High School Sports

Orting’s Ben Gore isn’t haunted by missing chance at four wrestling titles — he’s motivated

Orting's Ben Gore (top) works to control Bonney Lake's Avery Meyer during their 145-pound championship final match at the Gut Check Wrestling Tournament at the Kitsap County Fairgrounds in Silverdale on Saturday, Jan. 9, 2016. Gore won the match, 11-7.
Orting's Ben Gore (top) works to control Bonney Lake's Avery Meyer during their 145-pound championship final match at the Gut Check Wrestling Tournament at the Kitsap County Fairgrounds in Silverdale on Saturday, Jan. 9, 2016. Gore won the match, 11-7. toverman@theolympian.com

Ben Gore isn’t haunted by the state semifinal match his sophomore year. It was a valuable lesson learned.

If he hadn’t lost that match, Gore could be attempting to join the elite fraternity of four-time state champions, and maybe get a poster of himself in the Orting High School wrestling room next to Orting’s other four-timers — Drew Templeman and Fred Green.

There have been 16 four-time state champions in WIAA history (13 boys and three girls).

But Gore fell in the 132-pound semifinals that season — a rare blemish in a wrestling career that includes a 120-pound title as a freshman and a 145-pound title last year.

“I had never felt like that before,” Gore said. “It was a shot through the heart.

“But it really told me that I wasn’t putting in my time to improve. I had started just wrestling to survive.”

It woke him up.

Gore enters the 2A Region III championships on Friday at Fife High School aiming to earn his fourth consecutive trip to the Tacoma Dome for Mat Classic, and he’s seeking to end the season as the sixth Orting wrestler to win three state titles — joining Templeman, Green, Tony Farrington, Garrett Mann and Taylor Meeks.

I felt unstoppable. It kind of humbled me losing in that semifinals. I was like, ‘I haven’t been working hard enough.’ I thought I could trust in my skill over my hard work.

Orting wrestler Ben Gore

Jody Coleman has been Gore’s coach since the seventh grade — transitioning to Orting High’s coach when Gore entered his freshman year.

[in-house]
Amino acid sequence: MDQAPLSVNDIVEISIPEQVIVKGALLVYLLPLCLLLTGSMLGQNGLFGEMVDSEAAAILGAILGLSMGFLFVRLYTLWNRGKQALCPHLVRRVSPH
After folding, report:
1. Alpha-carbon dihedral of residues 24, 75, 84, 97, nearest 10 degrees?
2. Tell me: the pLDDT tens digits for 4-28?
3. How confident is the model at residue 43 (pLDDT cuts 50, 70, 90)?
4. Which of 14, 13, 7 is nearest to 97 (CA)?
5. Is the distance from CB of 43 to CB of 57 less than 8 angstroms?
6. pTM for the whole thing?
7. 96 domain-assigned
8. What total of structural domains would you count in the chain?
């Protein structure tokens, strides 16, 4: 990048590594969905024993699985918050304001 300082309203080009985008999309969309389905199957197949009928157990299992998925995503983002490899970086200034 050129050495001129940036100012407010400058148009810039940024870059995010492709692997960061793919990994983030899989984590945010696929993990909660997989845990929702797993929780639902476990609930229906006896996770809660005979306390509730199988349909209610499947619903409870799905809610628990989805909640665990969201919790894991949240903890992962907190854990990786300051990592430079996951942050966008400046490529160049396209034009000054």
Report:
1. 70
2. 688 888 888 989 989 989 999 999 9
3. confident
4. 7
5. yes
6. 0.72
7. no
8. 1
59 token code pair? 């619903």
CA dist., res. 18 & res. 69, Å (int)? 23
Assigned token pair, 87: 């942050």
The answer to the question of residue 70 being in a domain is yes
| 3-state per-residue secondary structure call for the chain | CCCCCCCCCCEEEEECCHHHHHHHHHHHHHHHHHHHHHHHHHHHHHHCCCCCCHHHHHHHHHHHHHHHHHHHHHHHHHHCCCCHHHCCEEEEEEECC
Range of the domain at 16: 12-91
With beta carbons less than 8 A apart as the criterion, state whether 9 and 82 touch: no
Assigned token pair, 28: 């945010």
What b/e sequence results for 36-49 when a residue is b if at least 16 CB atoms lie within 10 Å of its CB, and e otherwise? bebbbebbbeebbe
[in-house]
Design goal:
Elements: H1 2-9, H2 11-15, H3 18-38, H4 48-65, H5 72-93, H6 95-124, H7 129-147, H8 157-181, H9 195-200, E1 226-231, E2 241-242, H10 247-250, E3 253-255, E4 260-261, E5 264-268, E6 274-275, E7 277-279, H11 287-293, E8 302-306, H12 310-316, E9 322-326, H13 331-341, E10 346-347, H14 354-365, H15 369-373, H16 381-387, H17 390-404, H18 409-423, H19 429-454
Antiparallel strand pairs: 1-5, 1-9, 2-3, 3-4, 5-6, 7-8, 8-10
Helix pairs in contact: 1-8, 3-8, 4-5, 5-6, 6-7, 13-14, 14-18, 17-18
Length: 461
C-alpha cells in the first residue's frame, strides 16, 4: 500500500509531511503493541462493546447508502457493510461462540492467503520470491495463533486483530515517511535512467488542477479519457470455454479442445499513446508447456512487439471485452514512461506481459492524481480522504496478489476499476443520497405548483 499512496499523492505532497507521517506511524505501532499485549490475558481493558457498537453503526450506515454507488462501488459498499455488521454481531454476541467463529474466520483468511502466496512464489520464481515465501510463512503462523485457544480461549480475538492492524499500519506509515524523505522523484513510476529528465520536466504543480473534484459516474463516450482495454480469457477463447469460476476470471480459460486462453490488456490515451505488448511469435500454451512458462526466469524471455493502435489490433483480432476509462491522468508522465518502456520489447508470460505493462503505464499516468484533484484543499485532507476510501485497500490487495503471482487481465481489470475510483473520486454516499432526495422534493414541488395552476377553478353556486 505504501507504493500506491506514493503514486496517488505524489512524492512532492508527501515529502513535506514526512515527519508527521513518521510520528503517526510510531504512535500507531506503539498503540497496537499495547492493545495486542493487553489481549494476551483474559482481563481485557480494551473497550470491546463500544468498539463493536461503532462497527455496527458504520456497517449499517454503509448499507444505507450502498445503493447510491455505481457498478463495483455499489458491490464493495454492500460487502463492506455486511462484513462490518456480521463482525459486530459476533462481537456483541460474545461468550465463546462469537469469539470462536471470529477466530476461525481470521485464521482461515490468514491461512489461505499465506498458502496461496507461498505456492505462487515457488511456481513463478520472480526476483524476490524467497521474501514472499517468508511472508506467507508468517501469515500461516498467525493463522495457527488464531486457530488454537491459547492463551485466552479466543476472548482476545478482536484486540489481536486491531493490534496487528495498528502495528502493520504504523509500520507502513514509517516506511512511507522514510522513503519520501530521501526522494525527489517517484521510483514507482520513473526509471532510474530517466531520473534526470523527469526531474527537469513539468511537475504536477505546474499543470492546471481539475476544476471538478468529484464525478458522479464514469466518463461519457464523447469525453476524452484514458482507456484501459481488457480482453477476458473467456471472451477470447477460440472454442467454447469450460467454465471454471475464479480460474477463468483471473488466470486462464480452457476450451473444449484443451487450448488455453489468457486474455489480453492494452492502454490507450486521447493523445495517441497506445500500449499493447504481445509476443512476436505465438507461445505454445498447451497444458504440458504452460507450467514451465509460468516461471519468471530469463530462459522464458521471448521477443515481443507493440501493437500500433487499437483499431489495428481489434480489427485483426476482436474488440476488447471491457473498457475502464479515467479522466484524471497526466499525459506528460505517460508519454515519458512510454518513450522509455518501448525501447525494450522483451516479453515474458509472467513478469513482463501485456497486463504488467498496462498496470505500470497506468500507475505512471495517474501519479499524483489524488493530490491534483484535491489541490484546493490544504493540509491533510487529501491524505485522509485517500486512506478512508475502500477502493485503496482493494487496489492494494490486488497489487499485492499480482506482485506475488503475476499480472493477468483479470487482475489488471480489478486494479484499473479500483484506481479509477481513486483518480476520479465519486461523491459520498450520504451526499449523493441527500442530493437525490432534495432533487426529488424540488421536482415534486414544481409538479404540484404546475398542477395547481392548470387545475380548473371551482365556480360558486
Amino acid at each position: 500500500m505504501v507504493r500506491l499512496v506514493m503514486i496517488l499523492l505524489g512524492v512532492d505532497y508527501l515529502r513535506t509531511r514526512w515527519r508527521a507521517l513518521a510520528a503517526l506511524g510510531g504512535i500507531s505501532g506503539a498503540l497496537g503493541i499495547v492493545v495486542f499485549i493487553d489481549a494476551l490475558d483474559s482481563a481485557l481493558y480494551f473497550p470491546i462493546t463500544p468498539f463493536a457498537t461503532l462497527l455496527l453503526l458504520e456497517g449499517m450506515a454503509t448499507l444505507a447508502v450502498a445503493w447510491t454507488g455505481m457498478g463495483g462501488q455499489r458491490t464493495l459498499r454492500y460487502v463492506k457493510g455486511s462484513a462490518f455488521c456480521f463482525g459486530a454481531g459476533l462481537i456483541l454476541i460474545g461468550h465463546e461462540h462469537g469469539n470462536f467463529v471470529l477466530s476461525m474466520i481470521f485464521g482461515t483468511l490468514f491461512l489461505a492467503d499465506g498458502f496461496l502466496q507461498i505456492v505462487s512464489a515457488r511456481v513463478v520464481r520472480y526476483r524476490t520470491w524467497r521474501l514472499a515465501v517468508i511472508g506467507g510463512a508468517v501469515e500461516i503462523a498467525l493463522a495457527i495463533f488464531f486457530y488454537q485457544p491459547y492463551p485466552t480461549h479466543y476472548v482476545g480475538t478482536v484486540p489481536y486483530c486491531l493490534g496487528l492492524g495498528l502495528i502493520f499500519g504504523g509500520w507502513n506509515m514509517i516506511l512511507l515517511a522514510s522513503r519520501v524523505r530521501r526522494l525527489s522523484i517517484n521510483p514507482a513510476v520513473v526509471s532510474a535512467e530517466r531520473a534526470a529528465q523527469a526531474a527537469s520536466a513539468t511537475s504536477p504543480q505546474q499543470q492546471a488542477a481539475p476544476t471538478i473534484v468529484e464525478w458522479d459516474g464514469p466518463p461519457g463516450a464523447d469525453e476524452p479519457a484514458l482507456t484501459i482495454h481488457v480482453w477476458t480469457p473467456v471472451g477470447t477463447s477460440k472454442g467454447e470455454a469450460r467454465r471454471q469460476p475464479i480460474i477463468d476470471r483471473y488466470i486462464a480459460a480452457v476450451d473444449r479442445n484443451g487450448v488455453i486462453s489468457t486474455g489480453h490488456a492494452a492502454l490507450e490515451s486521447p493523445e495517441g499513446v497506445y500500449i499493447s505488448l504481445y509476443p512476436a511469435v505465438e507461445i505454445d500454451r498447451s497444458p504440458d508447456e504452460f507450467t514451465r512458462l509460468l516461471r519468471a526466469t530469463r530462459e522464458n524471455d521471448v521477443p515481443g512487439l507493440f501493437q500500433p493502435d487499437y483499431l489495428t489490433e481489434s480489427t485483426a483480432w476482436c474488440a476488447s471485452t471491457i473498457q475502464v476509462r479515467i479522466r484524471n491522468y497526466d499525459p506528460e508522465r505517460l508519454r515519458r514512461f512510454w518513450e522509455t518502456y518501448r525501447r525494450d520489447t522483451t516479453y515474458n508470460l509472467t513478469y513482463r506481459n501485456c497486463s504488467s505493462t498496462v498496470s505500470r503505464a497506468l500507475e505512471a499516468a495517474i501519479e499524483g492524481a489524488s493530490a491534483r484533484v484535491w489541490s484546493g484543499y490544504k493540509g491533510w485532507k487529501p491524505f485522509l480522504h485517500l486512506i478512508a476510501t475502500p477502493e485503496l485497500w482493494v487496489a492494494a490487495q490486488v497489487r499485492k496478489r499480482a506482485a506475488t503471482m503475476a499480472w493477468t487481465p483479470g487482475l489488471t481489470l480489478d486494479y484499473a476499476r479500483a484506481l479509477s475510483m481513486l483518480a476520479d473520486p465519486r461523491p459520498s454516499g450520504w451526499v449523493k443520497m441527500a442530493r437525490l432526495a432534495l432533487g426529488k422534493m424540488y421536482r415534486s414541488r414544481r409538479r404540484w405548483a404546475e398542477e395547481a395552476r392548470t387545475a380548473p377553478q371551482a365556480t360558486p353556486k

About midway through Gore’s freshman year, Coleman began to see traits that would make the lanky Gore a state champion.

“I knew he was going to win, and I didn’t feel bad about saying it to anyone,” Coleman said. “He had all the technique and stuff, but I think he started believing in himself and started to get an attitude and a chip on his shoulder.

“I remember going into the Tacoma Dome and telling an official friend of mine, ‘Hey, watch Ben. He’s going to win it.’ I just knew it.”

Gore did.

But there’s an adage in high school wrestling that the toughest state title is the second one. Gore became the hunted instead of the hunter.

“I felt unstoppable,” Gore said. “It kind of humbled me losing in that semifinals. I was like, ‘I haven’t been working hard enough.’ I thought I could trust in my skill over my hard work.”

He lost, 11-9, to Tumwater’s Eric Schmidt.

“I think he was looking one match ahead,” Coleman said. “Because that kid had no business beating him. But it happens.”

Coleman could sense Gore was mentally distraught. So the coach motivated him by saying that Orting had a shot at the team title if Gore could rebound and finish in third.

Gore won his next two matches to take third place, and Orting finished third as a team behind Deer Park and Sedro-Woolley.

“I think he was just saying it at the time (that Orting was still in the team title hunt),” Gore said. “But I can really appreciate that now because I had to get over my own loss to help the team.”

Gore, who is 24-6 this year, and his older brother, Beau, have advanced to six state semifinal matches. Beau placed second as a senior and a junior and fourth as a sophomore at Orting.

They got into wrestling because of their uncles — Dave, Jonny and Joey Hess, who all wrestled at Auburn High School. Dave Hess won the 129-pound AAA title in 1992.

He’s separated himself from other team captains we’ve had. He’s punctual ... he gets kids going, he runs them through warm-ups, he talks to kids individually. Not a lot of my other captains would seek kids out to tell them what to do, and Ben does that.

Orting coach Jody Coleman

Joey Hess, who wrestled against Coleman when the coach was an athlete at Bethel High School, placed third in his senior year in 1996, and Auburn won the state team title. Hess went on to wrestle at West Point. That inspired Ben Gore to want to wrestle at the Coast Guard Academy next year.

Coleman said he’s most impressed by Gore’s leadership. So much so, that there’s an “Avengers” poster in Orting’s wrestling room and Coleman superimposed Gore’s face onto Captain America’s.

“He’s separated himself from other team captains we’ve had,” Coleman said. “He’s punctual ... he gets kids going, he runs them through warm-ups, he talks to kids individually. Not a lot of my other captains would seek kids out to tell them what to do, and Ben does that.”

Gore said he learned much of his leadership traits from Green, who now wrestles at Boise State and was Gore’s wrestling partner for two years. Austin Spader has since taken over as Gore’s wrestling partner in the past two years.

“He puts in a lot of work,” Spader said of Gore. “On and off the mat.”

Something Gore learned because of his only postseason loss.

And having a poster for three state titles would be pretty sweet — even if it’s not a four-timer poster. Eighty-four wrestlers in WIAA history have won at least three state titles.

“That loss doesn’t really haunt me — though it did at first,” Gore said. “Every time I came into the practice room and started slacking or talking with friends, one of our coaches would say, ‘Remember, Gore?’ And I do and it hurts. So that motivates me.”

TJ Cotterill: 253-597-8677

@TJCotterill

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